Fannie Mae CEO Exit Reveals Housing Policy Chaos
The resignation of Fannie Mae CEO Michael Williams on Tuesday brings to the surface a fundamental problem: The federal government's housing policy is in chaos. The confusion over how to fix the housing market and what to do with the mortgage giant, is so deep, some industry observers wonder who would even possibly want to step into Williams' shoes.
Williams' departure comes roughly three months after that of Freddie Mac CEO Charles E. Haldeman Jr. and raises questions about the future of the two mortgage giants, which collectively guarantee more than 70 percent of U.S. real estate loans, according to third quarter filings from the companies.
"These can be difficult jobs to recruit into because it's unclear what, at this point, the position is," said David Stevens, president of the Mortgage Bankers Association. "Are you looking for a wind-down expert? Someone who can bring the company to profitability? A finance expert who can manage a very complex financial portfolio?"
Lawmakers criticized Williams and Halderman last fall when they testified before Congress that they each received a compensation package of more than $1 million in 2009. The compensation had been approved by the boards of both companies and the federal regulator who oversees the mortgage giants. Williams also testified that he was slated to receive a base salary of $900,000 in 2011 plus a combination of deferred and bonus pay that could be worth as much as $6 million.
Frustrated that the same companies that cost taxpayers $151 billion were also offering seven-figure compensation packages, House lawmakers overwhelmingly passed a bill to place the executives on pay scales like those at federal agencies, in turn reducing not only the compensation offered to top executives but also that of many lower-ranking employees.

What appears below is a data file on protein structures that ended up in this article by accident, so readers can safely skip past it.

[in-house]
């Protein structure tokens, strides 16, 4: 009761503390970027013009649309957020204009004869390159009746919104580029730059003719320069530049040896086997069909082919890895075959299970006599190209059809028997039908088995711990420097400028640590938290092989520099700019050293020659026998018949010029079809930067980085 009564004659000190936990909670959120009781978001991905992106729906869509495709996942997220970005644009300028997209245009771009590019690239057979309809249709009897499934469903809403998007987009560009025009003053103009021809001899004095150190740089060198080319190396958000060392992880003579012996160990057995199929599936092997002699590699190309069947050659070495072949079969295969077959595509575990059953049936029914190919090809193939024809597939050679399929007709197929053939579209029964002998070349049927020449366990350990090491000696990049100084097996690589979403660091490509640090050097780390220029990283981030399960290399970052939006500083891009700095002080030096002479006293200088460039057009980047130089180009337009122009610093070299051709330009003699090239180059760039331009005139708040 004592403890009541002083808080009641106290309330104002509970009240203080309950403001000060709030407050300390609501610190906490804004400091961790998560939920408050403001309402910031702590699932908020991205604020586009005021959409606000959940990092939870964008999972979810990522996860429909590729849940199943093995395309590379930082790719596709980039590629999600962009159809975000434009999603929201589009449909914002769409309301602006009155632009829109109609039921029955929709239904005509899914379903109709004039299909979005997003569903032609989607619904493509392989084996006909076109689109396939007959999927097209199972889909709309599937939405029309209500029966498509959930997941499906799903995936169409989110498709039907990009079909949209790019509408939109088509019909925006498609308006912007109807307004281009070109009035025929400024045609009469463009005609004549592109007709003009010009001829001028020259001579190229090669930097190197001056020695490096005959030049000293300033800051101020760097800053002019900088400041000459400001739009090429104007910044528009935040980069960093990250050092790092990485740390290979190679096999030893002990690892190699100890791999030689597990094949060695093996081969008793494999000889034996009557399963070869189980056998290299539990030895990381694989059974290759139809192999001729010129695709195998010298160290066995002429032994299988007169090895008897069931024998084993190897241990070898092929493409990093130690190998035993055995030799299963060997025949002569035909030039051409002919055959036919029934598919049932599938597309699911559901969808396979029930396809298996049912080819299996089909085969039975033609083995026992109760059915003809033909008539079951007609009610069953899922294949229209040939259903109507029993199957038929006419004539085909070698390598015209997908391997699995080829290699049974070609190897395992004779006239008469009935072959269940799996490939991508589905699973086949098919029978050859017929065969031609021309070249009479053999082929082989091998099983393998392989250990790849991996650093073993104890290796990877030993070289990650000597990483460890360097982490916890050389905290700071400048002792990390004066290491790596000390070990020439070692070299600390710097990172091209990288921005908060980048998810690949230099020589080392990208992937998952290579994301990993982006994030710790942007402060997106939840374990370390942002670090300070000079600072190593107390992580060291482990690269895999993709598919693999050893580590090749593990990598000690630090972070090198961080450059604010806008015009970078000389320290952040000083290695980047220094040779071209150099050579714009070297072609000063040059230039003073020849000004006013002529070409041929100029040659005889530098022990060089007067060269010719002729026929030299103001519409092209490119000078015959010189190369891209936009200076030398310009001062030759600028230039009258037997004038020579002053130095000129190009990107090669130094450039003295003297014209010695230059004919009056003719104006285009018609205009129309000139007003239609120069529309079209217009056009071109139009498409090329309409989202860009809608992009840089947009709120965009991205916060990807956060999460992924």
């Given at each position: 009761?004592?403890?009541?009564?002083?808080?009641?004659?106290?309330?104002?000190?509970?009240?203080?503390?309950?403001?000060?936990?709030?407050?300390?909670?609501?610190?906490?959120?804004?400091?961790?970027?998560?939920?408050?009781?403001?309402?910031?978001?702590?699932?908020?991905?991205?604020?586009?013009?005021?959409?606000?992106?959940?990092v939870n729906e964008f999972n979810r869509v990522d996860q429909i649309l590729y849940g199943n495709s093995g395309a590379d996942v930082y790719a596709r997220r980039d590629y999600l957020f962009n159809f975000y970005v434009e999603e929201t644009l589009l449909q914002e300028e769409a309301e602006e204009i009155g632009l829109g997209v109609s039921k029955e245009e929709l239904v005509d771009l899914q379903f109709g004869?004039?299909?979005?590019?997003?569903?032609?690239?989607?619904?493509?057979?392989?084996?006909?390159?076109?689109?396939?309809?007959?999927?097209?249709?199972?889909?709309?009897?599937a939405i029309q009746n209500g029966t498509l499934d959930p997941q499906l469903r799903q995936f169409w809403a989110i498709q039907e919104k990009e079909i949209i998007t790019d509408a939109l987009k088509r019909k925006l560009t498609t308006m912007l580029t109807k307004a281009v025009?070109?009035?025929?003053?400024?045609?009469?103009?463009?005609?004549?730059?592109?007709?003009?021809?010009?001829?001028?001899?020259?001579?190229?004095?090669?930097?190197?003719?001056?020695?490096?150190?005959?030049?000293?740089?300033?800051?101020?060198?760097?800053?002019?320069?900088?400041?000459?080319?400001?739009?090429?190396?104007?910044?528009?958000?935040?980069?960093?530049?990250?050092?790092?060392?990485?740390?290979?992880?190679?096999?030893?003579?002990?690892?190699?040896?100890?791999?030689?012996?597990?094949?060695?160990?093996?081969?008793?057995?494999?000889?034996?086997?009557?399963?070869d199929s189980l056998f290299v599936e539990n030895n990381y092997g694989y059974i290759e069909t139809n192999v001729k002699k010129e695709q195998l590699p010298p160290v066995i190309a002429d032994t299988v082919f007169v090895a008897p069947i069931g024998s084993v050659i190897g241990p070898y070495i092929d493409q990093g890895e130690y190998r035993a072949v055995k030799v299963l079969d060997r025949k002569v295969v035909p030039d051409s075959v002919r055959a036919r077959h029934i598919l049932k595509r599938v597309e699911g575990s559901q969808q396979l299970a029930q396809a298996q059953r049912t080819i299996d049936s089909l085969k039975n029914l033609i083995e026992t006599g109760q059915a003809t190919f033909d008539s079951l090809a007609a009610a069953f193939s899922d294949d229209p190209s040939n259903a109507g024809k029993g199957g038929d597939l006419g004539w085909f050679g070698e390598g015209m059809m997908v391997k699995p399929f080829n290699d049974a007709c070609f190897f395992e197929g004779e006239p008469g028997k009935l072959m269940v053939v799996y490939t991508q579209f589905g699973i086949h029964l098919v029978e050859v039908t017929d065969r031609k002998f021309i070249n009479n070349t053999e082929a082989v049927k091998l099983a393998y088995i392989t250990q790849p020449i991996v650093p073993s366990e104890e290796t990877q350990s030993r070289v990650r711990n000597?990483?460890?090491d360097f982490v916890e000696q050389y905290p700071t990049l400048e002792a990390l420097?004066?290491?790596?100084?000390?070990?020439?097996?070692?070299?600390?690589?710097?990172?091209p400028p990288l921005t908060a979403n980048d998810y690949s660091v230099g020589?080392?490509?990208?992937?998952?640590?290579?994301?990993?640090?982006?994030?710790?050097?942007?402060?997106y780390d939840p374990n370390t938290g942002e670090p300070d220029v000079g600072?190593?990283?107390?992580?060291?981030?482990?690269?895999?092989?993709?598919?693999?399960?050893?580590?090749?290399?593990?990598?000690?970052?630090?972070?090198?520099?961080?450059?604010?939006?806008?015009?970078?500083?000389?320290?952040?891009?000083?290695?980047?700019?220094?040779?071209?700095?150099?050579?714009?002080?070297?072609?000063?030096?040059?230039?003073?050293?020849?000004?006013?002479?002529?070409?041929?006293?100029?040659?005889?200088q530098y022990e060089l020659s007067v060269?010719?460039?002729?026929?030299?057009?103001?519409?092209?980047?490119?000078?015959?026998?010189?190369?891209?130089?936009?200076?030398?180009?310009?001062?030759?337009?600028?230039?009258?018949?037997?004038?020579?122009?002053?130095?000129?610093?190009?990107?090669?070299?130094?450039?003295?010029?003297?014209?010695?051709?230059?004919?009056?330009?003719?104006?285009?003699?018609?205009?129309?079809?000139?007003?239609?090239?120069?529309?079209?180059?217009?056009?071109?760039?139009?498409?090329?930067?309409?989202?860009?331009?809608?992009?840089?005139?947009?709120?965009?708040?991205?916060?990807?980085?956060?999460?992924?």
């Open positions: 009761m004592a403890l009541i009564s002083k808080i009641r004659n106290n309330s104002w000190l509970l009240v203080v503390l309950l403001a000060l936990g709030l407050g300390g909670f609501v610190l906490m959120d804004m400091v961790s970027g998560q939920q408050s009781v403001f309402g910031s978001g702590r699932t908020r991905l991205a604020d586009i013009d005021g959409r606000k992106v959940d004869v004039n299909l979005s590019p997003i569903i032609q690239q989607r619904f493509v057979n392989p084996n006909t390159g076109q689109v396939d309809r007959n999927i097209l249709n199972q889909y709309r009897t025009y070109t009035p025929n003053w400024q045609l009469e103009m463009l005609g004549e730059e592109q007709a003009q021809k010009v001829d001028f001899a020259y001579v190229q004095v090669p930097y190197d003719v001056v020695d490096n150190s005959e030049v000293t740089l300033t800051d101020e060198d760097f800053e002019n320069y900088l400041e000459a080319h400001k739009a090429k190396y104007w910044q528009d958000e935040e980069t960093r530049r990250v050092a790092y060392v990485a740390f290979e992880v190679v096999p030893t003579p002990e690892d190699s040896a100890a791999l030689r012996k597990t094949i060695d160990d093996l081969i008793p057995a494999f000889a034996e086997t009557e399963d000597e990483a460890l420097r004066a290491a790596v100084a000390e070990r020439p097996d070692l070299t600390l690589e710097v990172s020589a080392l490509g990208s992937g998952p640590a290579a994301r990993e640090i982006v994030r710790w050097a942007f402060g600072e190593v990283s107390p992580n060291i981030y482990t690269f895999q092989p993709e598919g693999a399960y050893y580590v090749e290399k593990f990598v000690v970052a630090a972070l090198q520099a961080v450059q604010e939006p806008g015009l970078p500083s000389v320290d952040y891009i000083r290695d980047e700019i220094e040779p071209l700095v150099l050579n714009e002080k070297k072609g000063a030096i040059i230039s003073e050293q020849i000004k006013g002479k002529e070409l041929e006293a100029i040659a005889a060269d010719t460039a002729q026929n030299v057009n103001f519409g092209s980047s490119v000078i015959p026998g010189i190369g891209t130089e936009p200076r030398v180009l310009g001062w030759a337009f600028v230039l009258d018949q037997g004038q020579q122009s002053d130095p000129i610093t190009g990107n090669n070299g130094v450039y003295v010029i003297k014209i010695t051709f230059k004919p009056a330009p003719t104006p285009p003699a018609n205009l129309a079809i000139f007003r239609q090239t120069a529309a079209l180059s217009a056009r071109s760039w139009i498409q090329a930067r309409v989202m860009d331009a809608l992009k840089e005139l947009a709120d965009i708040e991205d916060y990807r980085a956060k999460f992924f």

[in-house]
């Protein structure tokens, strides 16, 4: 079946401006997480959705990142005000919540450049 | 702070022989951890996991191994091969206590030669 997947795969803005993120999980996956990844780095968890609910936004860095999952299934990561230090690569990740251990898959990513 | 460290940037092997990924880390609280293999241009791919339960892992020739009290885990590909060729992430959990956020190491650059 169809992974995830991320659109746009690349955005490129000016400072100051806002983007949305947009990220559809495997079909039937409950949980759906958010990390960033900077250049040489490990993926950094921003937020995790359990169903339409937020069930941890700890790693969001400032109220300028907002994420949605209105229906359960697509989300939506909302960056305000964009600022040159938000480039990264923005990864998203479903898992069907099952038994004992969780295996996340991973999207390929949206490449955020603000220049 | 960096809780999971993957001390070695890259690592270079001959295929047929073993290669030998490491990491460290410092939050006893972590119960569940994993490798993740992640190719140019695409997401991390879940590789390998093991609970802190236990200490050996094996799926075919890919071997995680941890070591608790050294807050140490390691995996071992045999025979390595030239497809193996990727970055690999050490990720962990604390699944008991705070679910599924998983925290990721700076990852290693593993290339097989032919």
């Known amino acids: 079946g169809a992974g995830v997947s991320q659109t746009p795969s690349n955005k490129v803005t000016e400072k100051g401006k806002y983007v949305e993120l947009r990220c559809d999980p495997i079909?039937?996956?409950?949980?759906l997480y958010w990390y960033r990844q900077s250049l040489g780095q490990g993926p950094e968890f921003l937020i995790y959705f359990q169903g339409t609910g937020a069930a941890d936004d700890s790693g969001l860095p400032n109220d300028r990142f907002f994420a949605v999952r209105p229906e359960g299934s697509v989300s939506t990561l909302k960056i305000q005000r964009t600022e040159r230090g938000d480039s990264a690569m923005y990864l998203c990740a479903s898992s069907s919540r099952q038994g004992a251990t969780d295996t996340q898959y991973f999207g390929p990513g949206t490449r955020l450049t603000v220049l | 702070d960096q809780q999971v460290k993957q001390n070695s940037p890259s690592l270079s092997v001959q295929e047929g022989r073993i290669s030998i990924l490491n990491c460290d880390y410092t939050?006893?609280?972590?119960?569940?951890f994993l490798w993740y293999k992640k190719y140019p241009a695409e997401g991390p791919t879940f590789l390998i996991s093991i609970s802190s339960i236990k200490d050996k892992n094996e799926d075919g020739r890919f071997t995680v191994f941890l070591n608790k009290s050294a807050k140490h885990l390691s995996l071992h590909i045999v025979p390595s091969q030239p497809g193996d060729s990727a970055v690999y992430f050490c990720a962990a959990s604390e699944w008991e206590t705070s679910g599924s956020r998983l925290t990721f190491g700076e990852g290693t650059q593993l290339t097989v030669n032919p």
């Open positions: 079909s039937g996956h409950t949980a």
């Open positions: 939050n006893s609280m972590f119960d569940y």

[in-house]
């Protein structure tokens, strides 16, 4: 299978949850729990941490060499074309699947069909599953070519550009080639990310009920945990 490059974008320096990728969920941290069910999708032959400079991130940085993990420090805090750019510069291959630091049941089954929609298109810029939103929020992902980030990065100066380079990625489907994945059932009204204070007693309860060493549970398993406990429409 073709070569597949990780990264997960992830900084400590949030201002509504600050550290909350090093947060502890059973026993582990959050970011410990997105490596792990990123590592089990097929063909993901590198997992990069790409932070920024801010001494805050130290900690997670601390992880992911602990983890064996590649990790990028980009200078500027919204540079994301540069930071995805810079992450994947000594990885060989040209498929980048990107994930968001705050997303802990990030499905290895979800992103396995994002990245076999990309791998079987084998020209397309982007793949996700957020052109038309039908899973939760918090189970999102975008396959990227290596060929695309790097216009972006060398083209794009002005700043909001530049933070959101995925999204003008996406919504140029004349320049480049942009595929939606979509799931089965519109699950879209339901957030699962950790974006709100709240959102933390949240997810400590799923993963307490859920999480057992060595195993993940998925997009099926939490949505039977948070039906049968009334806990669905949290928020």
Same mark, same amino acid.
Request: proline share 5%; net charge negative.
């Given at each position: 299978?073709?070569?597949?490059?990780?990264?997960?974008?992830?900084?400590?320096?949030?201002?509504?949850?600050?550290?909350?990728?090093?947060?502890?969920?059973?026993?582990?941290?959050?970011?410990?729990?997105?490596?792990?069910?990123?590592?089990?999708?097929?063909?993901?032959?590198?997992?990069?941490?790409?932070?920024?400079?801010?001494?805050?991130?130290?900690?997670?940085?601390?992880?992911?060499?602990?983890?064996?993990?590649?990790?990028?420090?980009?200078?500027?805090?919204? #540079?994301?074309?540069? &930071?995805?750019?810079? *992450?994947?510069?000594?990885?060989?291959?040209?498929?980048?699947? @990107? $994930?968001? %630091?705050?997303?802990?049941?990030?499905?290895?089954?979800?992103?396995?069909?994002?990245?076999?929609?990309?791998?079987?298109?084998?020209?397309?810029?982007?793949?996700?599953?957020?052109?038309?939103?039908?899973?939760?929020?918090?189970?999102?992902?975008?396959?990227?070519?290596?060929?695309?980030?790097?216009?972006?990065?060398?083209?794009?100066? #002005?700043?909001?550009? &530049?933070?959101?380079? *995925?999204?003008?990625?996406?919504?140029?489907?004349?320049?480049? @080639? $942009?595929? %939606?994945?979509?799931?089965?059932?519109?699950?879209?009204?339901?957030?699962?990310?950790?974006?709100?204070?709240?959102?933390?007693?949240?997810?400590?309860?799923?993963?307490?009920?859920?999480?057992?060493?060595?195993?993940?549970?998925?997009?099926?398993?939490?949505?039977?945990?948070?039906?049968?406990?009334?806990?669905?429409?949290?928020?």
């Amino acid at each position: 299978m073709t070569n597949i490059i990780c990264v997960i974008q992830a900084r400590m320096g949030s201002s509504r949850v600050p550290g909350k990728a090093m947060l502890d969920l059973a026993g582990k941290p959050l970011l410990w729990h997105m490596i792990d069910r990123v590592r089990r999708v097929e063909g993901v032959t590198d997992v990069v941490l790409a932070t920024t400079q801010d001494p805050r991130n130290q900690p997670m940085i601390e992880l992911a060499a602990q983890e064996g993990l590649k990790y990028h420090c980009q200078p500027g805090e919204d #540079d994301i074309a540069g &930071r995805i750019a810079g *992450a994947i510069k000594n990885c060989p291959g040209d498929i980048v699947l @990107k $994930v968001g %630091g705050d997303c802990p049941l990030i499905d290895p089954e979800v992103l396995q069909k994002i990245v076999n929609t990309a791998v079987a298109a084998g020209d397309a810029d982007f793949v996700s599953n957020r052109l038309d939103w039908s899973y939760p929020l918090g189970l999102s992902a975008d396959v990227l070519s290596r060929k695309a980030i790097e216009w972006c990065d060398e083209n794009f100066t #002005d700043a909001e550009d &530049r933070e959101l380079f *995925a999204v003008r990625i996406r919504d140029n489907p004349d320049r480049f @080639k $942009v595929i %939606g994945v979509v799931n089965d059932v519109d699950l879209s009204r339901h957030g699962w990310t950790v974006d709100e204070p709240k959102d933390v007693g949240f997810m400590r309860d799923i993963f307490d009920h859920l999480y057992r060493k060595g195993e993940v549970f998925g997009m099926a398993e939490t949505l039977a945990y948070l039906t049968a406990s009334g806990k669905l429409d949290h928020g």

The reduction could prove problematic in securing new executives, Stevens said. "If the position continues to offer a seven-figure compensation plan, you can draw the expertise of a senior executive. But if it becomes a lower-level, more administrative job, with a smaller compensation package, you're looking at recruiting an academic or a former government official or someone who is altruistic and wants to help Fannie through the process, something more like a government service position."
Fannie and Freddie, along with the Federal Housing Administration, serve as the primary sources of financing for new mortgage loans. Given the high rate of American unemployment, most lenders aren't providing mortgage loans on any scale. In contrast, Fannie, Freddie and the FHA are continuing to insure loans because the agencies have explicit government backing and thus know that the government will cover any losses created by a borrower who falls behind on a mortgage.
In addition to supporting the creation of new mortgages, the agencies sit at the center of the Obama administration's housing assistance programs, which provide services such as loan modifications and refinances, and therefore play a critical role in assisting delinquent borrowers in keeping their homes.
In February 2011, the Obama administration released plans to wind down the two companies, which in 2008 had come under government control as a result of financial problems. In December, Congress voted instead to use revenues from the two behemoths to fund the payroll tax, in effect insuring the companies' survival at least a little longer.
While the companies' collective future hangs in the balance, so does U.S. housing policy in general. Last week, the Federal Reserve released a white paper emphasizing the importance of the housing sector to an overall economic recovery. Though the Fed usually doesn't comment on the subject of housing, the paper identified possible ways to aid the struggling market and and drew supportive comments from three top Fed officials. In response, Sens. Orin Hatch (R-Utah) and Bob Corker (R-Tenn.) spoke out against the Fed, with Corker, claiming it "absolutely egregious" that the Fed would even suggest such remedies which, in Corker's opinion, would result in a "substantial cost to American taxpayers and responsible borrowers everywhere."
The debate over the Fed's white paper is like that over housing policy in general, with elected officials disagreeing over what, if anything, should be done to help struggling homeowners and how. The lack of a cohesive American housing policy is sure to be exacerbated by the loss of leadership at Fannie Mae and Freddie Mac, two agencies whose sheer size and role in the market make them integral to any recovery.